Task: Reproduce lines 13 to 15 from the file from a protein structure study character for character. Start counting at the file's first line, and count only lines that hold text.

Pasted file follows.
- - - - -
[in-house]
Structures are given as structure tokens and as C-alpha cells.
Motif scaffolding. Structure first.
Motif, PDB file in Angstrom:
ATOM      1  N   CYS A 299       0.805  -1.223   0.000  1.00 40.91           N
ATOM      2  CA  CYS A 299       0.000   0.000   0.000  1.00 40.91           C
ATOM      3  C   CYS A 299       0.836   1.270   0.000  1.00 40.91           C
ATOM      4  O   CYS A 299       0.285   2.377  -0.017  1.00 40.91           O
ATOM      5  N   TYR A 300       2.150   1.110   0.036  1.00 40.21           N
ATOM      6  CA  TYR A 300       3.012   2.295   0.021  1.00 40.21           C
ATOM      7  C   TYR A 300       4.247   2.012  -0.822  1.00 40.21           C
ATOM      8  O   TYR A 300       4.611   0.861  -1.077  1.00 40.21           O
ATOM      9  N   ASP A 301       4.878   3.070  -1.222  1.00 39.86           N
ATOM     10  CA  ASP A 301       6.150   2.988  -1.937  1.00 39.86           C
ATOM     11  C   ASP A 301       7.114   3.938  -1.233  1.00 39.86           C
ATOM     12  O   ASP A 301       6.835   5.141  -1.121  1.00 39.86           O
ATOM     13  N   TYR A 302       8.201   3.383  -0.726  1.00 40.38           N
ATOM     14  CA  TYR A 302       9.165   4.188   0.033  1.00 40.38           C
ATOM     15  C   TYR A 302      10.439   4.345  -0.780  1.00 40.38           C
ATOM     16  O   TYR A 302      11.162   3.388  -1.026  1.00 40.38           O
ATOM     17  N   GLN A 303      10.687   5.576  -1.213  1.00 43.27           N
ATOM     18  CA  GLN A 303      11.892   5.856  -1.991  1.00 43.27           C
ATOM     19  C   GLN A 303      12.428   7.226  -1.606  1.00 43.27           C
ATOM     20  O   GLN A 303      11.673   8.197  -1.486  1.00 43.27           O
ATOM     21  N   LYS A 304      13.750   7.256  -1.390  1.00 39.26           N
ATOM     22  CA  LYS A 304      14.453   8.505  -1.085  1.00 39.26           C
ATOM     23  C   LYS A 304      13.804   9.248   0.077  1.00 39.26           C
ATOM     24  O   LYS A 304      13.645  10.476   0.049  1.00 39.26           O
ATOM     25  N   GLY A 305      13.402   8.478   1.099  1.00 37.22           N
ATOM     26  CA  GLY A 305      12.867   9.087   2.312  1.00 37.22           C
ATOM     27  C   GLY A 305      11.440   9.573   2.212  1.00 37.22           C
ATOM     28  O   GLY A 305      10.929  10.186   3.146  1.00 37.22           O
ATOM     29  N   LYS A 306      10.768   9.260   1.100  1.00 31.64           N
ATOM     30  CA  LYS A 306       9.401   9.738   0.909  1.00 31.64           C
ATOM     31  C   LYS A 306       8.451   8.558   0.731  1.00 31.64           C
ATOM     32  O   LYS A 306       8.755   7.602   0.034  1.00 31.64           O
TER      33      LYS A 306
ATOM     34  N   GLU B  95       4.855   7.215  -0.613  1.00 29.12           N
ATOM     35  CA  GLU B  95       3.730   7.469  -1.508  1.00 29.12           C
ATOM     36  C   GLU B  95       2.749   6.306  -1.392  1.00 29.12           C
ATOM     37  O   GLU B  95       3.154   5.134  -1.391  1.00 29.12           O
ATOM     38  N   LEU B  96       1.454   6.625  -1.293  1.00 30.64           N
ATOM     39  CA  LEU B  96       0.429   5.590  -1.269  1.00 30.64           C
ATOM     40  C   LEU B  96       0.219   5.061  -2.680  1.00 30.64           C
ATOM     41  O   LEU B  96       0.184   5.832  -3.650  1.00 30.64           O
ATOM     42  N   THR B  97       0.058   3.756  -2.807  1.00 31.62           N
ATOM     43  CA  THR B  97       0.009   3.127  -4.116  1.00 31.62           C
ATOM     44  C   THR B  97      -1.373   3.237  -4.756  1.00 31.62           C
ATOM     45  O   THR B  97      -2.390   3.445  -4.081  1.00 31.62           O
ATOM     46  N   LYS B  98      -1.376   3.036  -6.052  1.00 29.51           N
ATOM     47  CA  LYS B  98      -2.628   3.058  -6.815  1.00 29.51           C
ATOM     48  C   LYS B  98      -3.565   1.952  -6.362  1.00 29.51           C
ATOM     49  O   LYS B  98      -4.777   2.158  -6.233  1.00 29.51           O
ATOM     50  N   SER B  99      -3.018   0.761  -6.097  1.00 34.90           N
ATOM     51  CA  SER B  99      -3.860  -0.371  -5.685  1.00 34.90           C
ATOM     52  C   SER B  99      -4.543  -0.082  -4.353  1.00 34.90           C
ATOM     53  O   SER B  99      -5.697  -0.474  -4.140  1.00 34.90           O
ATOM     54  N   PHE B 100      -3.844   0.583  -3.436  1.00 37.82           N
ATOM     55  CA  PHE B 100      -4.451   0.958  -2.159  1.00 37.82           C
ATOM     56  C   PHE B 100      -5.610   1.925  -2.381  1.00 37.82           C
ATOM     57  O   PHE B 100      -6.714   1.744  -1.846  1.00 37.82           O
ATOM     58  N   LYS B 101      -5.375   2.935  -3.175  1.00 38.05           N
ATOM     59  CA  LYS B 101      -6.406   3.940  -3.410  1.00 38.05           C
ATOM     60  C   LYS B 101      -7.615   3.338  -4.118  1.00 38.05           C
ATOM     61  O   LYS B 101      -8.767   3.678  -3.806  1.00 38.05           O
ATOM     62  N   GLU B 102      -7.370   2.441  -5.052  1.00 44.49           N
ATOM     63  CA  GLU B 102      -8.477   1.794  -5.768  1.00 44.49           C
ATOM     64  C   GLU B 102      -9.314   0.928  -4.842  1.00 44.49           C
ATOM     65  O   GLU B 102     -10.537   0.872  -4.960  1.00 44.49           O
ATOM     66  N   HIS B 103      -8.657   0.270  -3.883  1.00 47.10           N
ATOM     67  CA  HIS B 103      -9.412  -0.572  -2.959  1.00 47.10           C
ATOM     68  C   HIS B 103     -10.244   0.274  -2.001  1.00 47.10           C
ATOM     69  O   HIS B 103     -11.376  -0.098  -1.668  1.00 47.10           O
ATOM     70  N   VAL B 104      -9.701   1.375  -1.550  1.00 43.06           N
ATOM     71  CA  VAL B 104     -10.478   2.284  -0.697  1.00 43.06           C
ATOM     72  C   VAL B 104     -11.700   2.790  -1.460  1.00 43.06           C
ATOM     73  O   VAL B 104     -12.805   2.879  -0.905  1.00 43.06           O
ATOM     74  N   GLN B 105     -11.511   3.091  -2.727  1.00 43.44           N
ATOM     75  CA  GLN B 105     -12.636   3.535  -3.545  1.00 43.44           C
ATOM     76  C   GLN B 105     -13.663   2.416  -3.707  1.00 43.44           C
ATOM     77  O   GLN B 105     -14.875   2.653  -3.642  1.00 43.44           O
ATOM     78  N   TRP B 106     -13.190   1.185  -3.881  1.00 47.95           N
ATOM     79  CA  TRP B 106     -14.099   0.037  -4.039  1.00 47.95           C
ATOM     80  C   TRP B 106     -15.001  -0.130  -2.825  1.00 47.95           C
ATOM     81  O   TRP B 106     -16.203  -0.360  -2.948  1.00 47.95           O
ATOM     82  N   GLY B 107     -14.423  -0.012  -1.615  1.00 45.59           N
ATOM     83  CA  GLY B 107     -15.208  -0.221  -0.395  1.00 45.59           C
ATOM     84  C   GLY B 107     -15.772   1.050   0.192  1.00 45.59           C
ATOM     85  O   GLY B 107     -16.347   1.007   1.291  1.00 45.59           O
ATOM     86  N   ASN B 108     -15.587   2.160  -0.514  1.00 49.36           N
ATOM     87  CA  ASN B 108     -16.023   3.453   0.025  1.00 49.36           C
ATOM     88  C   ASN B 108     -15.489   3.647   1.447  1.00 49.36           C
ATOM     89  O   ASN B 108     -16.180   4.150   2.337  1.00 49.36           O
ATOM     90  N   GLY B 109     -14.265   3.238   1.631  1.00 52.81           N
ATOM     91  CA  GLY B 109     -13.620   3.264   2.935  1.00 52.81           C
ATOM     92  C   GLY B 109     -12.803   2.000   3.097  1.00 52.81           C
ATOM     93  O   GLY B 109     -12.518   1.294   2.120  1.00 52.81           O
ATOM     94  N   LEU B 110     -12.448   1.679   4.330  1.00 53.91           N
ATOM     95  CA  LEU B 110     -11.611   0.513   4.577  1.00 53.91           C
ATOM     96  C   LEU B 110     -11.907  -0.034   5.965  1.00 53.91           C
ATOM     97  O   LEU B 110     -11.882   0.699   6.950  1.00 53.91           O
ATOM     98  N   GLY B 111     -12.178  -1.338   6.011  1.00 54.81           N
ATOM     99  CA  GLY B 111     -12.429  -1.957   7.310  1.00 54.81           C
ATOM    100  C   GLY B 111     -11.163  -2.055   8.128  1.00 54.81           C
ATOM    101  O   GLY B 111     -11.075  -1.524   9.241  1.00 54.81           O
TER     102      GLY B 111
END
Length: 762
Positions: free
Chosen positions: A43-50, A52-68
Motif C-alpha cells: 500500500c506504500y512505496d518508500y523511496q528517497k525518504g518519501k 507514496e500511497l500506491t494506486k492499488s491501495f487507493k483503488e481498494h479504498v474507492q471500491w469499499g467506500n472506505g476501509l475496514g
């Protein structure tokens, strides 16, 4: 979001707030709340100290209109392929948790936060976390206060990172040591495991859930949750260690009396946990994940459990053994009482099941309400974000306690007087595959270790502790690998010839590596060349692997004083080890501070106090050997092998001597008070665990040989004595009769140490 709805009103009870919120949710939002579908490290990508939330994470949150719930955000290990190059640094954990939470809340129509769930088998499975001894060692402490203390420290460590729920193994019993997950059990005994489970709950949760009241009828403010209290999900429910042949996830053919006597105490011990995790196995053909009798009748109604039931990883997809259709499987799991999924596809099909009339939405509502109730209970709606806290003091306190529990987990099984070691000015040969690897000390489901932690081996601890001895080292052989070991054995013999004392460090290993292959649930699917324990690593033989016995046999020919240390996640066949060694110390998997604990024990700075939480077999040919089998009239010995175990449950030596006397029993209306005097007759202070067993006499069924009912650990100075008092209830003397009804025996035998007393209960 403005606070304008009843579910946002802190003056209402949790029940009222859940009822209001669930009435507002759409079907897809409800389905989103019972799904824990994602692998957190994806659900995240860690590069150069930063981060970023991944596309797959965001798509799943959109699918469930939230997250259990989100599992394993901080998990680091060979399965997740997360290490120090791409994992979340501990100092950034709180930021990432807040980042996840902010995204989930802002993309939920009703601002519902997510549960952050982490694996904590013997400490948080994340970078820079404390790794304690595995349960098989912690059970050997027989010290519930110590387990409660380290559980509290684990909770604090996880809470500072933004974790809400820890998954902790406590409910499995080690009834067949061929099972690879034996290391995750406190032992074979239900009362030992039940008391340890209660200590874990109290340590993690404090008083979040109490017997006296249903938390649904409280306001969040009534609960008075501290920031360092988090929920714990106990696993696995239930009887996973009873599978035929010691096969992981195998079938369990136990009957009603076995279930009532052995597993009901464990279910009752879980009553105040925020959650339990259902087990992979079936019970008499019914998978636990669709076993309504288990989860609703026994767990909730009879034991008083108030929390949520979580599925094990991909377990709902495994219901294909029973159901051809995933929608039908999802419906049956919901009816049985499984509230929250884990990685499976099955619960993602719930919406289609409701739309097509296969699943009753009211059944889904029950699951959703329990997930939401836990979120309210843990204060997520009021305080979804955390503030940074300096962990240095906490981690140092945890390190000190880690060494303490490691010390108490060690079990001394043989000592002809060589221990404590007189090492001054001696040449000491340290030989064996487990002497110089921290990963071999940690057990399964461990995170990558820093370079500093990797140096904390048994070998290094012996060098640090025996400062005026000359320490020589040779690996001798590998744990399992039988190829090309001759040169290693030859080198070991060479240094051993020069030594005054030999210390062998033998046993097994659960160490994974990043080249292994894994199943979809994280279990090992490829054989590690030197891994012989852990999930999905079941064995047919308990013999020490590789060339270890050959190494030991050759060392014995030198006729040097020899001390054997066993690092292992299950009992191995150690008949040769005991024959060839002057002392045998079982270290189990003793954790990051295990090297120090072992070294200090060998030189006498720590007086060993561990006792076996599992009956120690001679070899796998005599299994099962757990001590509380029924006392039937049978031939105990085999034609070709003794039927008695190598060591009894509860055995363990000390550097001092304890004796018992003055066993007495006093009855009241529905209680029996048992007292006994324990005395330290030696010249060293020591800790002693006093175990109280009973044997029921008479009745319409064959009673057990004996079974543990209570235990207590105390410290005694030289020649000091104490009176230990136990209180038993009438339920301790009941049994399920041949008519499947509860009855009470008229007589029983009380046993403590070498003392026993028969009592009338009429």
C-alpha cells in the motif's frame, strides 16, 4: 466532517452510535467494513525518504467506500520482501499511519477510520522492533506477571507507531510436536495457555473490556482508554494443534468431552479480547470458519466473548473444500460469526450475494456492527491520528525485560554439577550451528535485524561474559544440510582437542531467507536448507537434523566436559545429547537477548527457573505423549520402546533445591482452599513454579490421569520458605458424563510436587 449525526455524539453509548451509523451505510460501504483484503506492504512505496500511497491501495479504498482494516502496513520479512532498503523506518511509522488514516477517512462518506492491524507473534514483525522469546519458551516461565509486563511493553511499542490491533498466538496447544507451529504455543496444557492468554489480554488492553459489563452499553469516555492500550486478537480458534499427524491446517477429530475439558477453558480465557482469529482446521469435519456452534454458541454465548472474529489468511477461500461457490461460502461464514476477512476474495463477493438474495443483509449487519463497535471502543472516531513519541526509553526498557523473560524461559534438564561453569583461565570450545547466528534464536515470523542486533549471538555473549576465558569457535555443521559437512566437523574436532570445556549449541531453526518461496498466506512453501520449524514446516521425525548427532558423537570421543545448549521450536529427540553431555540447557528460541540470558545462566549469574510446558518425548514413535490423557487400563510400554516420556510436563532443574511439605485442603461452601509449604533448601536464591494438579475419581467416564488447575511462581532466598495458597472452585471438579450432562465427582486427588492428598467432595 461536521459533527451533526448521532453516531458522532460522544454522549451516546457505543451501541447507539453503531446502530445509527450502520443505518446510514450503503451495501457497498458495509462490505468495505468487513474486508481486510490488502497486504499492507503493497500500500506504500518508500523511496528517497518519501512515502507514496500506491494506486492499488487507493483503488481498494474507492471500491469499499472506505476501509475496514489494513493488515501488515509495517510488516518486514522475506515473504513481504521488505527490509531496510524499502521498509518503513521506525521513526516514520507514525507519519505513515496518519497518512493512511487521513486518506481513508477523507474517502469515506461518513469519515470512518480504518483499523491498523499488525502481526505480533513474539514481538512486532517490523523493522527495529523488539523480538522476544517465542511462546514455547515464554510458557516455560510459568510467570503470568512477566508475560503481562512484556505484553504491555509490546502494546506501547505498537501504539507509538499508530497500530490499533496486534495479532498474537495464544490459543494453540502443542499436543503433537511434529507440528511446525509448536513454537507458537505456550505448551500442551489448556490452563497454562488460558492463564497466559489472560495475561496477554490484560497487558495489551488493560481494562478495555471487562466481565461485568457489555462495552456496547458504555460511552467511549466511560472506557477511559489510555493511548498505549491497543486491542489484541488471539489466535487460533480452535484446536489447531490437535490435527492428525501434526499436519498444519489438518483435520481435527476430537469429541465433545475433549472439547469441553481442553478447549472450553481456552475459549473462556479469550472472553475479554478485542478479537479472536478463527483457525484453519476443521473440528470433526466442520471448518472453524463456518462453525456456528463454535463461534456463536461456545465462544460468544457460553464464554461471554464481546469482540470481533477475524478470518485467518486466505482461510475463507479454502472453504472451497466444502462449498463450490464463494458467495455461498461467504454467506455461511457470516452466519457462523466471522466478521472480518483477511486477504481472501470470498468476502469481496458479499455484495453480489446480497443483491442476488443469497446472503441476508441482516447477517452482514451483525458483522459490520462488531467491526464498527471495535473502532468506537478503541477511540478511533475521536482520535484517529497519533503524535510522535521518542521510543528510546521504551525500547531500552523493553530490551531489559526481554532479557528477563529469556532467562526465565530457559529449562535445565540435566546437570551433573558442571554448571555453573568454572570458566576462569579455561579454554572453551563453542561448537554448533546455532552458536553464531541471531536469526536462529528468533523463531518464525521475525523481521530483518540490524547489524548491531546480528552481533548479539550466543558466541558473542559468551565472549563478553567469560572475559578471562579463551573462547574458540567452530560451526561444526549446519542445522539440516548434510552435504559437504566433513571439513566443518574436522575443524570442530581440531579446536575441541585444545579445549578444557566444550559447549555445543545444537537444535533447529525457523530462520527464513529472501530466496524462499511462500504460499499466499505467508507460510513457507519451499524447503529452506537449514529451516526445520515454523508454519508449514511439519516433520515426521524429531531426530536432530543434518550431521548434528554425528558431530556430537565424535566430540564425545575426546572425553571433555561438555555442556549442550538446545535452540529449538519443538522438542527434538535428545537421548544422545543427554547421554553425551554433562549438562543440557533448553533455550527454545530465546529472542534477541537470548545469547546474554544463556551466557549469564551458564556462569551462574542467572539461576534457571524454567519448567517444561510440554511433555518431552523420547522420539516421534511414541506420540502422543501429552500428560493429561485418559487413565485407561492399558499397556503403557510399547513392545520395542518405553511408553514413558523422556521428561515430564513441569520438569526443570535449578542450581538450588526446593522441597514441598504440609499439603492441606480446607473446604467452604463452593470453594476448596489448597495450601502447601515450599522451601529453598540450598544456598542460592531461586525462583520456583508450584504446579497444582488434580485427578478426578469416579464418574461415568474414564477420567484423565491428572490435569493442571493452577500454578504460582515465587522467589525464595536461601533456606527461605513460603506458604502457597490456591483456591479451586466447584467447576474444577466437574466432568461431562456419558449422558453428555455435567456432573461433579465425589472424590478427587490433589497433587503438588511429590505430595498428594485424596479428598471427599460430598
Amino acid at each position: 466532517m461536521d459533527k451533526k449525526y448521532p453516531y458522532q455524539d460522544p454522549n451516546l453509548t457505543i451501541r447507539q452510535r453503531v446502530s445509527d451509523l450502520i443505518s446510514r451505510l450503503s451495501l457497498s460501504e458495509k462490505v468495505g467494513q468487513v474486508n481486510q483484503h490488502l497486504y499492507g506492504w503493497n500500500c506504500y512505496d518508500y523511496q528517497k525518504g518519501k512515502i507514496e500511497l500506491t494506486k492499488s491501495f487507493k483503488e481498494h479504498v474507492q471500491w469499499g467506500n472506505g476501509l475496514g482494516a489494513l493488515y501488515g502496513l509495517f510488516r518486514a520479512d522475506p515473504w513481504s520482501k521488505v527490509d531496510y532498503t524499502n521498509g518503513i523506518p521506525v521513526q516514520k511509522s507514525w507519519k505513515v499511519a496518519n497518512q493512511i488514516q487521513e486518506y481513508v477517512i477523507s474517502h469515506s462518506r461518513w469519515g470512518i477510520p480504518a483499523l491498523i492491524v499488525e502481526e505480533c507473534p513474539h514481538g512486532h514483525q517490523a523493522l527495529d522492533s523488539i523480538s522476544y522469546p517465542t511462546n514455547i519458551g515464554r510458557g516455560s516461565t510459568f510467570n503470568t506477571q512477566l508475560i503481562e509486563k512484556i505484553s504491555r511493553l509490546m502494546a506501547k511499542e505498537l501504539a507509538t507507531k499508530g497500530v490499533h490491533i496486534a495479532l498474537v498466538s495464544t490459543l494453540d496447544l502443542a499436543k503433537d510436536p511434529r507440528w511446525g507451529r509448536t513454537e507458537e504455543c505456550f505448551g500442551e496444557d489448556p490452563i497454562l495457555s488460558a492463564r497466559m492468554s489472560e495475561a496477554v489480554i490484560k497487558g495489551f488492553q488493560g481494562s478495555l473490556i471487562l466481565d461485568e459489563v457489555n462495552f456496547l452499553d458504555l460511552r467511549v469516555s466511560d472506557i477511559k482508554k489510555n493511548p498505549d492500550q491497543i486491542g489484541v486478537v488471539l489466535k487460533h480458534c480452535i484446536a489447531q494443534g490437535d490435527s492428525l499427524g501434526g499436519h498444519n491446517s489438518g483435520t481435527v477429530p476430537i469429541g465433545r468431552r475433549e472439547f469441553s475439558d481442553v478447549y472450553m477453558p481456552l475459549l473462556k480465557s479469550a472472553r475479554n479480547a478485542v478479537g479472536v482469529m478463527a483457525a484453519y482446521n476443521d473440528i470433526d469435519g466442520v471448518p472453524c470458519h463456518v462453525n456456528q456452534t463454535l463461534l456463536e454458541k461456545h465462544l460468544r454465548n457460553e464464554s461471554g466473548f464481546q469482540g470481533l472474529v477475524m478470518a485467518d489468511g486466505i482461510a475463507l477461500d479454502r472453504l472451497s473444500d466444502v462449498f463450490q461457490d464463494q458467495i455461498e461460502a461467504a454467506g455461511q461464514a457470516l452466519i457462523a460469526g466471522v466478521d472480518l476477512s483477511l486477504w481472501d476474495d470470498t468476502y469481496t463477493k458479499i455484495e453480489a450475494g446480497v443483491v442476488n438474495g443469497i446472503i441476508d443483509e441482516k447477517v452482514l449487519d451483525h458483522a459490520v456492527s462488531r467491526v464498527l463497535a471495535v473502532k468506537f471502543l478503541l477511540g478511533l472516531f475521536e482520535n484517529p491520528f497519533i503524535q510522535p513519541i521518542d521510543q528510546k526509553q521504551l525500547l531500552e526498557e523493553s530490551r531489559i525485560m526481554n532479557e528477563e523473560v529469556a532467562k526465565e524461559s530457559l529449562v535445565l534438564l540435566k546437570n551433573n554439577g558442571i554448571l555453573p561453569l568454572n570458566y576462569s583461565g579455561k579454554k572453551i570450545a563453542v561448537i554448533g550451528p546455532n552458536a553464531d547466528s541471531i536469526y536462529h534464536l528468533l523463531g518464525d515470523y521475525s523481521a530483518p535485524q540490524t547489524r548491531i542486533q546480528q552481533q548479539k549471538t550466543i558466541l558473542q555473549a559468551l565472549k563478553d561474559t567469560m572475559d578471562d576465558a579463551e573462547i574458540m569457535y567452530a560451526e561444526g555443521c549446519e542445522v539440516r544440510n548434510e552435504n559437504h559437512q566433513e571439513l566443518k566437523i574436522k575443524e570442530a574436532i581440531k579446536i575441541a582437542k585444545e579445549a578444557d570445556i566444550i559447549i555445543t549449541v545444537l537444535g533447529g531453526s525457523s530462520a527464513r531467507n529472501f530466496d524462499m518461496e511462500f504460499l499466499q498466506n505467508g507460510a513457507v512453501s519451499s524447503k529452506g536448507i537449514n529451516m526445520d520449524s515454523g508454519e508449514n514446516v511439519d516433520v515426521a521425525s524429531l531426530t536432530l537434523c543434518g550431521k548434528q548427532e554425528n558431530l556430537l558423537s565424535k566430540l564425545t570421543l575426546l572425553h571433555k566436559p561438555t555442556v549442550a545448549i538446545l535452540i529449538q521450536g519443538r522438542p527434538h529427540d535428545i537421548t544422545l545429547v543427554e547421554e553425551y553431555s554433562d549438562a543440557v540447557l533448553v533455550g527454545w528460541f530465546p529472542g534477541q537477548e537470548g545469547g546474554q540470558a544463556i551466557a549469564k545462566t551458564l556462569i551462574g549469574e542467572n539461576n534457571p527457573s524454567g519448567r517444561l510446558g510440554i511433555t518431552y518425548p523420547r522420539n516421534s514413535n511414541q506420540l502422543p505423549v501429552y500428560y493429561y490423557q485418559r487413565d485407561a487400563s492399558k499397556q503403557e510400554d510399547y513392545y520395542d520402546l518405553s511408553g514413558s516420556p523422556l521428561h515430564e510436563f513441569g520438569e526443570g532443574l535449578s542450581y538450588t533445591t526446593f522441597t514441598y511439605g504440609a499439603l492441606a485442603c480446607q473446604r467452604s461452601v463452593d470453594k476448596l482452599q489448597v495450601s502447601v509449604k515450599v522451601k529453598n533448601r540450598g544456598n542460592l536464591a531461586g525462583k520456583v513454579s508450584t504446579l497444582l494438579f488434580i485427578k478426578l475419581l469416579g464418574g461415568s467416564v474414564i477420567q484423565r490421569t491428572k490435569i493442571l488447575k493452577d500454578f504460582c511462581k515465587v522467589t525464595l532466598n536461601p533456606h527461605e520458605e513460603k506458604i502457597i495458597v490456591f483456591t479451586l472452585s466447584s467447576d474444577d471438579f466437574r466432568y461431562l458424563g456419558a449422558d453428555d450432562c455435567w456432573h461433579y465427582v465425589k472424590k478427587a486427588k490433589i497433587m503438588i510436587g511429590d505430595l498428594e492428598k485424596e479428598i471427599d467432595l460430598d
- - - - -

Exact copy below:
ATOM      9  N   ASP A 301       4.878   3.070  -1.222  1.00 39.86           N
ATOM     10  CA  ASP A 301       6.150   2.988  -1.937  1.00 39.86           C
ATOM     11  C   ASP A 301       7.114   3.938  -1.233  1.00 39.86           C